Pit bull kills harmless dog while bystanders cower


Shortly after being "rescued" from Michael Vick's dog fighting operation, a "Vicktory" pit bull at the Best Friend's Animal Society chewed through 2 fences to attack and tear the head off of another dog, named Bean, who was kept there, before attacking another "Vicktory" pit bull, resulting in serious injuries.


That pit bulls have demonstrated an enormous appetite for the blood of harmless, non-threatening animals comes as no surprise to anyone who knows of the of centuries of breeding by the animal abusers of the old UK, in order to produce a type of dog that would eagerly, happily and relentlessly tear apart weaker or more vulnerable animals which posed absolutely no threat to them.

Ironically, now that dog fighting is outlawed (supposedly for humane reasons) the number of animals harmed by put bulls every year is at an all time high, which begs the question: what is the point of outlawing dog fighting while allowing these fighting dogs to proliferate?


So we now have this oversupply of "working dogs" whose "work" is now considered a crime, so long as it occurs in a formal setting. If 2 willing pit bulls are allowed to square off in the ring, it's a crime. But if a pit bull "goes to work" on an unwilling animal, tearing the victim apart, it's not a crime. How is that in any way humane?


Livestock and farm animals also suffer from the oversupply of "rescued" pit bulls. A rancher might discover a sheep missing one morning, and realize that there are hungry wolves or coyotes in the vicinity. That's an unfortunate incident, although one from which they can recover. But imagine coming home to your ranch, to find every last sheep tortured, mutilated, dead or dying; faces chewed off, legs broken, victims disemboweled in a heart breaking, gruesome tableau. Thanks to the abundance of pit bulls in the hands of owners who have no ability to contain them, this is happening all too often.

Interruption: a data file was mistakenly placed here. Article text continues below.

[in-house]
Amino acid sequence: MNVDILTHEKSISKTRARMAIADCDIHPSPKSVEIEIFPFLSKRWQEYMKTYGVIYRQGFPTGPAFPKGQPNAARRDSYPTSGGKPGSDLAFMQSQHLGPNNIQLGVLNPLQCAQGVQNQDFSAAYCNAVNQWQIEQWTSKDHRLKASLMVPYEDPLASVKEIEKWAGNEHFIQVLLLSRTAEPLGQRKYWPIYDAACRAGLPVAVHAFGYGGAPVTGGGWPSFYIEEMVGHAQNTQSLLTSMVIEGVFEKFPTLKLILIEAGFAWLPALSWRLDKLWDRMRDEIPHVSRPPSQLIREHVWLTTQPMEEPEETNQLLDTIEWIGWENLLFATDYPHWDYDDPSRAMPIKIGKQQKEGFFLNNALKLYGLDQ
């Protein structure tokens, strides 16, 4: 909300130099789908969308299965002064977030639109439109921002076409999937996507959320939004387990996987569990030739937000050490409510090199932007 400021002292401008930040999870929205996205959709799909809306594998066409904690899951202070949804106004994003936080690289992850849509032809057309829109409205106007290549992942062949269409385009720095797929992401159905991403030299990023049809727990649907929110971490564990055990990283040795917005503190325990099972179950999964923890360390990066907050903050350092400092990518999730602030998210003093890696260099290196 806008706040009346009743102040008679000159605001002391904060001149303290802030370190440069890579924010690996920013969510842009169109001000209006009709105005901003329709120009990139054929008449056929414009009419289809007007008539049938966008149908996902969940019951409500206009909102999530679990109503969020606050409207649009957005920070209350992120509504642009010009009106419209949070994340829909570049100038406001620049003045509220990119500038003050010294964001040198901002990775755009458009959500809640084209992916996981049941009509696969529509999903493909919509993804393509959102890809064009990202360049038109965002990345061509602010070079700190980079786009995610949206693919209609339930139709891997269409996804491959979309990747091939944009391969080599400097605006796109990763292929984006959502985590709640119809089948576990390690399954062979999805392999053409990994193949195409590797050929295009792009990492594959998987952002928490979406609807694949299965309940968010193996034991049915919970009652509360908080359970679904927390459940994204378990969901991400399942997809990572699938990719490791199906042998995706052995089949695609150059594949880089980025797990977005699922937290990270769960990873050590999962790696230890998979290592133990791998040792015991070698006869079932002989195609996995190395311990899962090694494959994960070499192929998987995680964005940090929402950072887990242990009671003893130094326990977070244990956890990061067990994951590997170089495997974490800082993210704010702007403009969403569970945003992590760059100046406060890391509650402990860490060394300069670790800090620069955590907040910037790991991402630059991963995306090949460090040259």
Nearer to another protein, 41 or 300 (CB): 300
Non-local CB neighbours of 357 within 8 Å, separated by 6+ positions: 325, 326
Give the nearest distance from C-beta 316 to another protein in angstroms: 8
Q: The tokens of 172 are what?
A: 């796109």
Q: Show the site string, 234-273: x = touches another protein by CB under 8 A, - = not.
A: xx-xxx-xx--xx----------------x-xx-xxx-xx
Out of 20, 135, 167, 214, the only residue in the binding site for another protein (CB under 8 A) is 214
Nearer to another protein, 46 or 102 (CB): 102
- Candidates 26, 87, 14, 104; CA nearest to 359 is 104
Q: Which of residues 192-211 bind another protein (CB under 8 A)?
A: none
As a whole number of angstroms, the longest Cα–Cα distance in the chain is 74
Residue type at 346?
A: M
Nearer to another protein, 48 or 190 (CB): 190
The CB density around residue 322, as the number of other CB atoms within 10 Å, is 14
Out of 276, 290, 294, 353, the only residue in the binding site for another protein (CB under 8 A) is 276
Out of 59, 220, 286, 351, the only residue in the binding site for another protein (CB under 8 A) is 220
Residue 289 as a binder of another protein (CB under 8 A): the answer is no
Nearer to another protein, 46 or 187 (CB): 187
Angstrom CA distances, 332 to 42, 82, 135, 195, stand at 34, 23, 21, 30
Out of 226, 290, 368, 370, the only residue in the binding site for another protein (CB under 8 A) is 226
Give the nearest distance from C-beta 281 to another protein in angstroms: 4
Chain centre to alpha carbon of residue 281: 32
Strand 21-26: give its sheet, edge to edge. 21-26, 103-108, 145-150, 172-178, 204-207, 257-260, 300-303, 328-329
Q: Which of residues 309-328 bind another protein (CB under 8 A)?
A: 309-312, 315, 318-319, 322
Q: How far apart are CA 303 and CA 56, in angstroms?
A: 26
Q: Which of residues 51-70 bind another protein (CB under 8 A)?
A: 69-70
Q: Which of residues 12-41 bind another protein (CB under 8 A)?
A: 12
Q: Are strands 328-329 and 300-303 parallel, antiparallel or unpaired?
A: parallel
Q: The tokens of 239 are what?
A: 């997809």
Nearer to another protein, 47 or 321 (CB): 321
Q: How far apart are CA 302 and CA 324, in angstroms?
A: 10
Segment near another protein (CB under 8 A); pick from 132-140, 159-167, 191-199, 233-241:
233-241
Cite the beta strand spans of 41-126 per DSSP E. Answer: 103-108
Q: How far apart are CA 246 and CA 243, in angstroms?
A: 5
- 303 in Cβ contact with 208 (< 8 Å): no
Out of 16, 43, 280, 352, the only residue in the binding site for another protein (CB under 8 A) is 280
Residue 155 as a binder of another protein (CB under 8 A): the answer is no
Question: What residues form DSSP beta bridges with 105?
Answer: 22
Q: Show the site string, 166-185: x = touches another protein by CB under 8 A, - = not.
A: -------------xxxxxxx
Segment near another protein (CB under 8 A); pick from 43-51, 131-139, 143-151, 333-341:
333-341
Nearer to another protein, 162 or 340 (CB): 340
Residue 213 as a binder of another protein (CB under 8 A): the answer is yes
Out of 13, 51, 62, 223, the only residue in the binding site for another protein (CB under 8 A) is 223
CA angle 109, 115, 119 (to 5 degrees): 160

Use your search engine of choice and you will find a seemingly endless number of savage mass killings of sheep, goats, alpacas and other animals by loose pit bulls. It's not that the pit bulls are hungry - it's the confident, well fed pit bulls that escape confinement, find a pasture full of helpless victims, and spend an agreeable afternoon mauling the terrified victims. Sadly, there is seldom any justice in these cases. Most often, the pit bulls continue to terrorize local animals, and the pit bull owner faces nothing more than a slap on the wrist in the form of a trivial fine for "unleashed dog" or "failure to vaccinate" - or perhaps, in an extreme case, a sternly worded post-it note, left on the pit bull owner's door.

Some are quick to claim that "any dog" could attack an animal, but the fact of the matter is that the vast majority of serious attacks on animals are committed by pit bulls. The best estimates are that pit bulls were responsible for 96% to 99% of canine attacks on animals last year. Not only dogs, cats, rabbits etc, but sheep, goats, alpacas, pigs, miniature ponies, and other animals continue to be brutalized by "out of work" pit bulls. Tens of thousands of such attacks are committed every year, the majority of which are so severe that the victim does not survive.


The fact is, pit bulls are different because they were deliberately made different by the dog men of the old UK, over centuries of breeding for hair trigger aggression, relentless drive to attack, insensitivity to pain and injury, and for the compulsion to execute the killing bite, as sport. 


In closing, let me make one final point: All of the long time pit bull breeders/dog fighters I've ever heard from have been unanimous in the statements that they never, ever had to force a pit bull to fight. The only dogs "forced to fight" are the tens of thousands of normal dogs every year, dogs like poor Garth or poor little Soup, who are forced to fight for their lives in hopeless, one sided battles with "out of work" pit bulls, and most of whom die of their injuries. 


That is exactly what one would expect to happen when you outlaw "dog fighting", while continuing to breed fighting dogs.


In loving memory of Cowboy, Bandit and Sugar Butt

References -


Yard accident at best friends 'sanctuary', dog killed
Its a slaughterhouse out there

Pit bull home invasion killings
Heritability of Behavior in Abnormally Aggressive Dogs
Regarding pit bulls: the testimony of the experts
Forum: neighbor's pit bull attacked my dog
Forum: my dachshund violently killed by neighbors pitbull

Wednesday, May 20, 2015

Pit bull behavior: 3 distinctions